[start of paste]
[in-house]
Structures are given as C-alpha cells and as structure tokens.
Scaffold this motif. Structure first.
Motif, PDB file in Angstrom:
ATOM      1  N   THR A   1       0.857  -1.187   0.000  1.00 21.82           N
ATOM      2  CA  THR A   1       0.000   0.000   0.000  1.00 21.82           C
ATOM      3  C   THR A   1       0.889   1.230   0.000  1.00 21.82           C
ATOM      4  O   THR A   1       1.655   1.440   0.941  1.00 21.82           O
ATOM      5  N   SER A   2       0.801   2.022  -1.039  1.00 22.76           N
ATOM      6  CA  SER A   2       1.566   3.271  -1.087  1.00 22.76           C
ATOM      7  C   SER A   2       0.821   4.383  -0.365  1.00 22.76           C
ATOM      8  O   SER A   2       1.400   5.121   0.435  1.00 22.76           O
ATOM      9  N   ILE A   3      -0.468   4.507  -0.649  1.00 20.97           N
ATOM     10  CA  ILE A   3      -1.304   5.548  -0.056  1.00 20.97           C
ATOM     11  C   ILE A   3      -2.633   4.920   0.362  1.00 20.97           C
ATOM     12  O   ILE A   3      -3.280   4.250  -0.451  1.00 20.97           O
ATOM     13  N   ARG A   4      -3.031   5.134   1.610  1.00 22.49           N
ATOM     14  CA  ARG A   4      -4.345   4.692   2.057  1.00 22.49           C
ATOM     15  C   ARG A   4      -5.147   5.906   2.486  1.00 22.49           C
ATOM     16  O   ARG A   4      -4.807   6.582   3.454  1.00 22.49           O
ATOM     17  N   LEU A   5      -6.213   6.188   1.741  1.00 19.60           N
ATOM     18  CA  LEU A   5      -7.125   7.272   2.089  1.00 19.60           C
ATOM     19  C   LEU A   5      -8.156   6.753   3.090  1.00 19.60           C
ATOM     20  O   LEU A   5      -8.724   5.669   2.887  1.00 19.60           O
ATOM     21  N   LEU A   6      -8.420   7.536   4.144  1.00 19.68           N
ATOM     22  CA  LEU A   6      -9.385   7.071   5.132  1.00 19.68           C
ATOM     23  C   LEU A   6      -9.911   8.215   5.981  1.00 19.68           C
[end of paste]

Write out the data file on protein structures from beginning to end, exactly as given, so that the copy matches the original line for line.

[in-house]
Structures are given as C-alpha cells and as structure tokens.
Scaffold this motif. Structure first.
Motif, PDB file in Angstrom:
ATOM      1  N   THR A   1       0.857  -1.187   0.000  1.00 21.82           N
ATOM      2  CA  THR A   1       0.000   0.000   0.000  1.00 21.82           C
ATOM      3  C   THR A   1       0.889   1.230   0.000  1.00 21.82           C
ATOM      4  O   THR A   1       1.655   1.440   0.941  1.00 21.82           O
ATOM      5  N   SER A   2       0.801   2.022  -1.039  1.00 22.76           N
ATOM      6  CA  SER A   2       1.566   3.271  -1.087  1.00 22.76           C
ATOM      7  C   SER A   2       0.821   4.383  -0.365  1.00 22.76           C
ATOM      8  O   SER A   2       1.400   5.121   0.435  1.00 22.76           O
ATOM      9  N   ILE A   3      -0.468   4.507  -0.649  1.00 20.97           N
ATOM     10  CA  ILE A   3      -1.304   5.548  -0.056  1.00 20.97           C
ATOM     11  C   ILE A   3      -2.633   4.920   0.362  1.00 20.97           C
ATOM     12  O   ILE A   3      -3.280   4.250  -0.451  1.00 20.97           O
ATOM     13  N   ARG A   4      -3.031   5.134   1.610  1.00 22.49           N
ATOM     14  CA  ARG A   4      -4.345   4.692   2.057  1.00 22.49           C
ATOM     15  C   ARG A   4      -5.147   5.906   2.486  1.00 22.49           C
ATOM     16  O   ARG A   4      -4.807   6.582   3.454  1.00 22.49           O
ATOM     17  N   LEU A   5      -6.213   6.188   1.741  1.00 19.60           N
ATOM     18  CA  LEU A   5      -7.125   7.272   2.089  1.00 19.60           C
ATOM     19  C   LEU A   5      -8.156   6.753   3.090  1.00 19.60           C
ATOM     20  O   LEU A   5      -8.724   5.669   2.887  1.00 19.60           O
ATOM     21  N   LEU A   6      -8.420   7.536   4.144  1.00 19.68           N
ATOM     22  CA  LEU A   6      -9.385   7.071   5.132  1.00 19.68           C
ATOM     23  C   LEU A   6      -9.911   8.215   5.981  1.00 19.68           C